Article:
Daughter of the Nile, A short film by Akelo A. Costa

Written by: Reem Aljeally

As a diaspora, Akelo shares common issues of searching for identity, positioning and the idea of a home in her poems that touch on subjects such as naivety, culture, trauma, adolescence, family and love. Growing up as a South Sudanese in Australia, she has always been interested in the visual media and fascinated with storytelling. Akelo speaks to us about her first short film “Daughter of the Nile” that will be her debut in both writing and film.

The poems were to be originally presented in an interactive exhibition for Akelo wished to provide a complete experience to the audience, as poems and written words alone would not do her idea any justice. But with the hit of the pandemic, the artist started exploring different ways to present her work and challenge her abilities and the film was a result of experimenting new mediums to Akelo’s expression and creativity.

Film poster

With Akelo as the main subject in the visuals, the film opens with the first poem “Monday Braids At School” written across the screen with no voice over to amplify the words as Akelo mentioned to us. The warm tones of these scenes, the character’s apparel, and the textbook reflect a nostalgia to what appears to be Akelo’s remembrance to her mornings of school days. As a black child with textured hair, she describes her relationship with her hair and how it is an extension of her being, her core, and her blackness.

“Silky girl, you may turn to rock
“I beg leave my extensions of being. For me and for my black self”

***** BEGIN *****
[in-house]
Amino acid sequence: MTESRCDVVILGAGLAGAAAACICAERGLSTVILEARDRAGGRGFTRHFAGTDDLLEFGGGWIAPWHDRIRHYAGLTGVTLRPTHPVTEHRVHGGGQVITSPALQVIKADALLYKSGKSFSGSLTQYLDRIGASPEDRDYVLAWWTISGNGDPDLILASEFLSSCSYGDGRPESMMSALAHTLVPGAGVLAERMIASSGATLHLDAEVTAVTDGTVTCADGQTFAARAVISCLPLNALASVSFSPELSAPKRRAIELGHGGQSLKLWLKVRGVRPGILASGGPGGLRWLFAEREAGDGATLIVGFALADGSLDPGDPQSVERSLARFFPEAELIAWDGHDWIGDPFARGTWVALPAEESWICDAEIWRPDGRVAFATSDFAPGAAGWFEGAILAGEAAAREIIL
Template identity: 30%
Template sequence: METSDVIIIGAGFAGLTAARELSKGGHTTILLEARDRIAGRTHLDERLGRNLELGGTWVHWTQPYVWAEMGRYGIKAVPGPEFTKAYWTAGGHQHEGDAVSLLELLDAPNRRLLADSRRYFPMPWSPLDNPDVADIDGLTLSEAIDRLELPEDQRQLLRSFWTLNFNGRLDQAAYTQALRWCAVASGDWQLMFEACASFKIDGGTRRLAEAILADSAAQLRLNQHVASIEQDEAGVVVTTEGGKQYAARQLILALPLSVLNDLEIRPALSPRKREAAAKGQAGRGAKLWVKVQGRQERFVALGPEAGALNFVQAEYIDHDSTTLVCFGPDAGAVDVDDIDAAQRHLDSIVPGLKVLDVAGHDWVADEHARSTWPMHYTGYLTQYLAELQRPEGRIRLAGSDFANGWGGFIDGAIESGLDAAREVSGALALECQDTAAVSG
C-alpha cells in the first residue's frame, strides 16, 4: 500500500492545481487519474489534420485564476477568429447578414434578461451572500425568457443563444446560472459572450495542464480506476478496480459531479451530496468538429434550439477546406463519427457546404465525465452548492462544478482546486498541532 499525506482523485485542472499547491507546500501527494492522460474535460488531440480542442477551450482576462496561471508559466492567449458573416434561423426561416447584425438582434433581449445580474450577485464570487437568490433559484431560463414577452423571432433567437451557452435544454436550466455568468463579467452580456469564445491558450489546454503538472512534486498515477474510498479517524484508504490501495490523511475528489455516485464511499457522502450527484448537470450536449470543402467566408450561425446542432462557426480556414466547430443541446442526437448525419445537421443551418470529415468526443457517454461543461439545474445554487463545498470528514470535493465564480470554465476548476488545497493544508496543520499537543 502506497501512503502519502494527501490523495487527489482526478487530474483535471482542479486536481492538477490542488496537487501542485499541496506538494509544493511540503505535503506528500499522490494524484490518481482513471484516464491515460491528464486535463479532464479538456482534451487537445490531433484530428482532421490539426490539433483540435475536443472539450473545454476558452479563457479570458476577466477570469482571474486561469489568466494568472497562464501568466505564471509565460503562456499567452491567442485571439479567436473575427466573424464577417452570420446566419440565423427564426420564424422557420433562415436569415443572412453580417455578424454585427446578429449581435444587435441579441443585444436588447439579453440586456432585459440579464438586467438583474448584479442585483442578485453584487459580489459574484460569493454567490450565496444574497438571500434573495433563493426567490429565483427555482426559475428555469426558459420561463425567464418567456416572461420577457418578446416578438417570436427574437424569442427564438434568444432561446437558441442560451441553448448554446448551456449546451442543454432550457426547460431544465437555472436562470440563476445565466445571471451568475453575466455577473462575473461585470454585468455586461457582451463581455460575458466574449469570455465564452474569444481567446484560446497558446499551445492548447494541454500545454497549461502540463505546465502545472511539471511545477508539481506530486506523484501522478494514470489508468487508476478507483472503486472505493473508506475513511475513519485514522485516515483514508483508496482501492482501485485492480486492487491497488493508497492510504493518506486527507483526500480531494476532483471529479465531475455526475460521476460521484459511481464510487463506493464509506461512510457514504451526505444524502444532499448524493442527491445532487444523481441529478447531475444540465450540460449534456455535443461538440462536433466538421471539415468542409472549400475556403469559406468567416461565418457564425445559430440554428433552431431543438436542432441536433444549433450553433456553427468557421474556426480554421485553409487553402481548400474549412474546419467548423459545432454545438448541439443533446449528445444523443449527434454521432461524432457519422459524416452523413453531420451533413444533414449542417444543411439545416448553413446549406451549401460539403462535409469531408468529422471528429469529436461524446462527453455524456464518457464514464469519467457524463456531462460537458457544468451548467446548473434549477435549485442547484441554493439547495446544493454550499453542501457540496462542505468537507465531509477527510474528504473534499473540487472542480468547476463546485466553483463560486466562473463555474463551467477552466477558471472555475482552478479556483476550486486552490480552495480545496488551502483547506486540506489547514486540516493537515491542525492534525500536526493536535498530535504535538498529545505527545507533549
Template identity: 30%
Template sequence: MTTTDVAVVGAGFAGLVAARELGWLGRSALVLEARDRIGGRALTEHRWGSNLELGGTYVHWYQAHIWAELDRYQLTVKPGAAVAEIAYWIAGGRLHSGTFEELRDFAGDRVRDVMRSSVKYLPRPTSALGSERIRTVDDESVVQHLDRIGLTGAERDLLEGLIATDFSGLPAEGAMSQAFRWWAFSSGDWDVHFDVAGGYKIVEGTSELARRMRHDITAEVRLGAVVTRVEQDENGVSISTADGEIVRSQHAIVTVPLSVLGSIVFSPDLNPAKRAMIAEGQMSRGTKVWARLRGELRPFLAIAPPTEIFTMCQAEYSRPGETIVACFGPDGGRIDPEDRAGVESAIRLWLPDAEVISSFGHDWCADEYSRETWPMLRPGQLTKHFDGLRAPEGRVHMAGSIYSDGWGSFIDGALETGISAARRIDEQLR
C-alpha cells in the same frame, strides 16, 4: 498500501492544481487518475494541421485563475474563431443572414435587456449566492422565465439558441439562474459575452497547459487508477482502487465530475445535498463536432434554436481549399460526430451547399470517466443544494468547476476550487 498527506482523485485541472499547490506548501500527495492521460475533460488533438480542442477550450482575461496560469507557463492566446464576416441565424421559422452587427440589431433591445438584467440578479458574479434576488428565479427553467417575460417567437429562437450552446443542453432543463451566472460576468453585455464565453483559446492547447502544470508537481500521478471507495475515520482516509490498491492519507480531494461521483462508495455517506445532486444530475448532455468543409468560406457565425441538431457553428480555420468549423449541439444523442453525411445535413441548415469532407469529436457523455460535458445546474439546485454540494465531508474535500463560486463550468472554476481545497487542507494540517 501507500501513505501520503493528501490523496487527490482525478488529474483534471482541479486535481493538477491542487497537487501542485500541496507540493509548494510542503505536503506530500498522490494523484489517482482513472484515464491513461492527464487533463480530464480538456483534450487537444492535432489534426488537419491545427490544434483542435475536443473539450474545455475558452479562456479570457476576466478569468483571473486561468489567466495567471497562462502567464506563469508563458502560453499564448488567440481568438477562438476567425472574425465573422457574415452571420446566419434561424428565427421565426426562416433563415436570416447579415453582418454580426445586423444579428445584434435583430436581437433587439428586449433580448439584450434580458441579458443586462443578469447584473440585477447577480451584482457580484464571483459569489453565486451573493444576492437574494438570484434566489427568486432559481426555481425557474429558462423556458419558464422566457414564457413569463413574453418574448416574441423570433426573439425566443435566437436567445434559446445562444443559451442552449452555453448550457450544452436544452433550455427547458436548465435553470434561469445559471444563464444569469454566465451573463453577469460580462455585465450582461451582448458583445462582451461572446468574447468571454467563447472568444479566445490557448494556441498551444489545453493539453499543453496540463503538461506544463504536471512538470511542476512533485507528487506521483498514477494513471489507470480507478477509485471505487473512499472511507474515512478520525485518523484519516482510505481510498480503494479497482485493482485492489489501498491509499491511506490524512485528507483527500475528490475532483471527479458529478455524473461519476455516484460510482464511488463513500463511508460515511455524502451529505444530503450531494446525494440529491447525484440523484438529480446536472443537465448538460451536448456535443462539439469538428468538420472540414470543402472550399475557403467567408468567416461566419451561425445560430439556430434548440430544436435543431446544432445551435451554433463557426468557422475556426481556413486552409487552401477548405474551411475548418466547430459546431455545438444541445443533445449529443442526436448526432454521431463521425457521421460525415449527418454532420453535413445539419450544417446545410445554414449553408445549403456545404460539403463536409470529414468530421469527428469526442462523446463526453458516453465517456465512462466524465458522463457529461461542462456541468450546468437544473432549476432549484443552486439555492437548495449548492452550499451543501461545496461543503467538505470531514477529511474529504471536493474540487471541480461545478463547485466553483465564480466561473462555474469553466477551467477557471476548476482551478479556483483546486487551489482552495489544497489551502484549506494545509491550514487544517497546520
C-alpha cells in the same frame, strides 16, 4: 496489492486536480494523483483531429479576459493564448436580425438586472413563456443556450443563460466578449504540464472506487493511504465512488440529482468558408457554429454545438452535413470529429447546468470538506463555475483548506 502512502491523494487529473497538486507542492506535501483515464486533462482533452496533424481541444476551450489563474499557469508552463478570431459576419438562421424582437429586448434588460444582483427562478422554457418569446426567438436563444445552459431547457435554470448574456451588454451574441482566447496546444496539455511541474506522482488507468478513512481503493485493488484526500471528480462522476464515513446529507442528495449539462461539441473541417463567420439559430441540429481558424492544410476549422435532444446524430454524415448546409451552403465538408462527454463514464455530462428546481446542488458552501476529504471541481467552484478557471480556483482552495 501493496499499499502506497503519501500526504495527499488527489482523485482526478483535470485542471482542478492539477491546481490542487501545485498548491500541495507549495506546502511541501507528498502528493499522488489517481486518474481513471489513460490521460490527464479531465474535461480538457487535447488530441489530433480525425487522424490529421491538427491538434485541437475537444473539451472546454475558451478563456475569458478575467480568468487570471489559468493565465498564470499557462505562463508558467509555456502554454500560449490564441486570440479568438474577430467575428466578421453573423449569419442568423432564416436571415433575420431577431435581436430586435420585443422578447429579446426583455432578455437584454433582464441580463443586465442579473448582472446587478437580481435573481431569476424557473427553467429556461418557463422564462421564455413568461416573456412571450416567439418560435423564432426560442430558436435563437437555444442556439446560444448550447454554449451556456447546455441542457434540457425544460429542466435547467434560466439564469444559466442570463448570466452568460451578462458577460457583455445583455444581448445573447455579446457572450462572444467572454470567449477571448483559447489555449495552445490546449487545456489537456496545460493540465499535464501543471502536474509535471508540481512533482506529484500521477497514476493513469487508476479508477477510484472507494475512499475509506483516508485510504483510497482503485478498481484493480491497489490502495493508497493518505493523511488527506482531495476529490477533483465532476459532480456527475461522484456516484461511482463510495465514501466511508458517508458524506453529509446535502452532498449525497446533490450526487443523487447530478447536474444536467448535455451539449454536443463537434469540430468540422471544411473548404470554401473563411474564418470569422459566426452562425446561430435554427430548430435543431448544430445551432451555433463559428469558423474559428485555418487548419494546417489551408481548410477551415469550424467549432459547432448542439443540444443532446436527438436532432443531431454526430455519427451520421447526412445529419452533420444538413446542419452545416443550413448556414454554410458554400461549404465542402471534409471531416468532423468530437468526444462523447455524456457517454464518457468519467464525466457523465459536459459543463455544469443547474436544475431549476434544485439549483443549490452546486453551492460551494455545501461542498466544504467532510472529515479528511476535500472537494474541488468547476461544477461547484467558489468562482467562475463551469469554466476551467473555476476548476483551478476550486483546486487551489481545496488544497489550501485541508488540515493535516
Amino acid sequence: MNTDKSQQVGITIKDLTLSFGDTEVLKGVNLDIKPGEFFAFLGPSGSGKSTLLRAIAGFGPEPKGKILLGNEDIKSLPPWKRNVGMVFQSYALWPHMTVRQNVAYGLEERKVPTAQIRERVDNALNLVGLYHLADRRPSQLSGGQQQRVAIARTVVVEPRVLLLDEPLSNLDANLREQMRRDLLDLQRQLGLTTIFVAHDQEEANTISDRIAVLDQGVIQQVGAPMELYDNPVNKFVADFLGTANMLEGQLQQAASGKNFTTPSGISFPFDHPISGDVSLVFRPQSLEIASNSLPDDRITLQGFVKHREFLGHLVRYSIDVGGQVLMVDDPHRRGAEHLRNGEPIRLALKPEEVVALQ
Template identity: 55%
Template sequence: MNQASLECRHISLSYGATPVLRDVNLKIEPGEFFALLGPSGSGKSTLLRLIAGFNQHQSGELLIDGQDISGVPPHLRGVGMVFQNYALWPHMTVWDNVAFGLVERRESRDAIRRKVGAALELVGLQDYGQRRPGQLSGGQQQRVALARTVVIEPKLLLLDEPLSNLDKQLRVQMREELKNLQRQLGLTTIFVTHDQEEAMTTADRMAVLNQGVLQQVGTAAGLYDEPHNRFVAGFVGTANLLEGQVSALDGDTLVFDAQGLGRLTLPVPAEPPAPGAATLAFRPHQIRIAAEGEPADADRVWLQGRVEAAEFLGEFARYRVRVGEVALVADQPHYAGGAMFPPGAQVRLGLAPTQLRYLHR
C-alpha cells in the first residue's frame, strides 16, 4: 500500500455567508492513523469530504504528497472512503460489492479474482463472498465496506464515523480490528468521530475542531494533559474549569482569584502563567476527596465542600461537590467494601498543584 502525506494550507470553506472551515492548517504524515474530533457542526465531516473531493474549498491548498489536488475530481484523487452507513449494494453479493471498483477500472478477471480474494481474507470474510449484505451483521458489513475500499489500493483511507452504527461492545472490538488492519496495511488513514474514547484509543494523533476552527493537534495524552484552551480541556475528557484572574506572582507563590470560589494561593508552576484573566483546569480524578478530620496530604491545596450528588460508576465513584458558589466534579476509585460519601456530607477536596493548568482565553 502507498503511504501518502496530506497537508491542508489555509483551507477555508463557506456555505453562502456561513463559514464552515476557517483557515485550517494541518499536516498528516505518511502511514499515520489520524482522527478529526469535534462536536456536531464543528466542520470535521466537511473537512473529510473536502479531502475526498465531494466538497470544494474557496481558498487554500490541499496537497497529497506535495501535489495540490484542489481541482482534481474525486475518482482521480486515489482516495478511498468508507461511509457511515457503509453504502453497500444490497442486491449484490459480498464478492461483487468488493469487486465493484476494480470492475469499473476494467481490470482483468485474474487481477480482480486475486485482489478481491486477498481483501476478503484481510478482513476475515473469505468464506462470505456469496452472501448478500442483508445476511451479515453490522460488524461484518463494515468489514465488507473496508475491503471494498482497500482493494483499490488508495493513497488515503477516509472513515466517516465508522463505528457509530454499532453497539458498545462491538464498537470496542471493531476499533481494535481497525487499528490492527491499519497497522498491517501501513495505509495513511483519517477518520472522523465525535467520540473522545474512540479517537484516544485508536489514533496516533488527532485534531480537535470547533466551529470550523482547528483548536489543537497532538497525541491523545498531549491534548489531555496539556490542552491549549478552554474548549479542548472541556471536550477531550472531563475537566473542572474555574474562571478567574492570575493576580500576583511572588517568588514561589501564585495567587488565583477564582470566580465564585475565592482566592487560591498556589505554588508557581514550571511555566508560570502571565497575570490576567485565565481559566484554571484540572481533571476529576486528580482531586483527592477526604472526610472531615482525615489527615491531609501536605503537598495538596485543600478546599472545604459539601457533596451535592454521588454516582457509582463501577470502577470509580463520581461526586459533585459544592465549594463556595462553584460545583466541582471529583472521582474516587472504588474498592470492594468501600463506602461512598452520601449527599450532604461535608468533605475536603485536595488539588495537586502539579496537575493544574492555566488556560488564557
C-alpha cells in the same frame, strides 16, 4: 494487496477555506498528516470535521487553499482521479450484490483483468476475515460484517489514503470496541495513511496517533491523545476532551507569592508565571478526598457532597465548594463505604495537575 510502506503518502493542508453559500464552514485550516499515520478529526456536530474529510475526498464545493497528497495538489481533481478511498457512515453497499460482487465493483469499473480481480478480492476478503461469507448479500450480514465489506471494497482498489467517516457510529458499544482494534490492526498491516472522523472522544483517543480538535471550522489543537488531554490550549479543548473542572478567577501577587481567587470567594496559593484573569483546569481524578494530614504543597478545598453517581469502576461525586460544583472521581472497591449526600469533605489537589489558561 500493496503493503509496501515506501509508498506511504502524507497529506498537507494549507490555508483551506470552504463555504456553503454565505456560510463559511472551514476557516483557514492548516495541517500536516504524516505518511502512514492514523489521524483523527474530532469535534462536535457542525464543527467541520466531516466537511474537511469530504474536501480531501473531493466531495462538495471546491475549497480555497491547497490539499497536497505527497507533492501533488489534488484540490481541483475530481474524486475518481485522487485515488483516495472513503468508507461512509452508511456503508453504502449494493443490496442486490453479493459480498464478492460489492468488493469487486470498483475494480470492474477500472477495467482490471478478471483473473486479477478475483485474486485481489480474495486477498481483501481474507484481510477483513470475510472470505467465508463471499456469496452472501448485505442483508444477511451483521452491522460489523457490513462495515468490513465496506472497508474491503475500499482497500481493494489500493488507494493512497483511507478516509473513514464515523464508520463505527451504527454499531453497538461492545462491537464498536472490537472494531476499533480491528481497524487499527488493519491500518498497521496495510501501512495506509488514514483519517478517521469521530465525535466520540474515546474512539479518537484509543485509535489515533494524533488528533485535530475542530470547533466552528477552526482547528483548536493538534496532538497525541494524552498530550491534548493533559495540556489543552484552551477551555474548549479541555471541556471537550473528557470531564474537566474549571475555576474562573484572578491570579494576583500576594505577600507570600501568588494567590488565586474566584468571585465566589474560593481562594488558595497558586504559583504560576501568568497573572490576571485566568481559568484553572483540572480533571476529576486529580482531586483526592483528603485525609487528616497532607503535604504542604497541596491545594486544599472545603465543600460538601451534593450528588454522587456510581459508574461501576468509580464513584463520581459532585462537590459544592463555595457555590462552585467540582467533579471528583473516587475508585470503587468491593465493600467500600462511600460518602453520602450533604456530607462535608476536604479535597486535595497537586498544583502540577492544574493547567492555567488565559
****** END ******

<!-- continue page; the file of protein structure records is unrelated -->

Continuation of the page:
Still from “Monday Braids at School”

As a child, Akelo’s constant move from one country to another had everything to do with what she writes and how she sees herself. Born in Sudan then moving to Egypt before settling in Australia, each move was a drastic change especially at a young age. That memory was encapsulated and to her each place is saved and still in her mind as she always tries to put into words the accumulation of those times.

Akelo expressed those experiences in the second poem “Lost in Translation” where she voices over the words that speak of her time in Sudan and Egypt.

“I find myself boundless, like Sudan once was”

Appears in the scene a man who’s hair is being braided by Akelo’s character, listening and interacting to the poem that speaks of memories of her childhood, family, and distortion between cultures and being a black child in Egypt.

“I was the baby of the war. A reminder of better things”

Lost in Translation” portrays a very emotional display of Akelo’s childhood in Egypt while struggling with identity, language, and her family’s positioning in a foreign country that can not be described as friendly to outsiders.

Still from “Lost in Translation”

Heavy music plays as “Growing pains” – the last poem – appears on the screen. One last time the character appears to us in an open green field this time, giving us her back in a nostalgic feel, Akelo speaks of her relationship with her mother depicting the complex ties and emotions of family and abandonment.

Still from “Growing pains”

“Daughter of the Nile” is Akelo’s attempt to narrate her story and her most intimate memories and it did a great job of speaking of the past and her present. She wanted to deliver a feeling everyone can grab and feel without necessarily experiencing. With the project being this personal to her, she wanted to bring to life the entire experience and have it come from within her. Through that, she came to be the director, actress, writer, and many more roles she had to play yet was able to show her multi talented self in a truthful and emotional outcome. And in the words of Akelo, Daughter of the Nile invites us to sit and remember too.

“The writing is the only constant element in the film, the visuals were there to assist the poems”

Akelo

To know more about Akelo, her poetry and her film, visit her website and view her film here.

Leave a Reply

Fill in your details below or click an icon to log in:

WordPress.com Logo

You are commenting using your WordPress.com account. Log Out /  Change )

Twitter picture

You are commenting using your Twitter account. Log Out /  Change )

Facebook photo

You are commenting using your Facebook account. Log Out /  Change )

Connecting to %s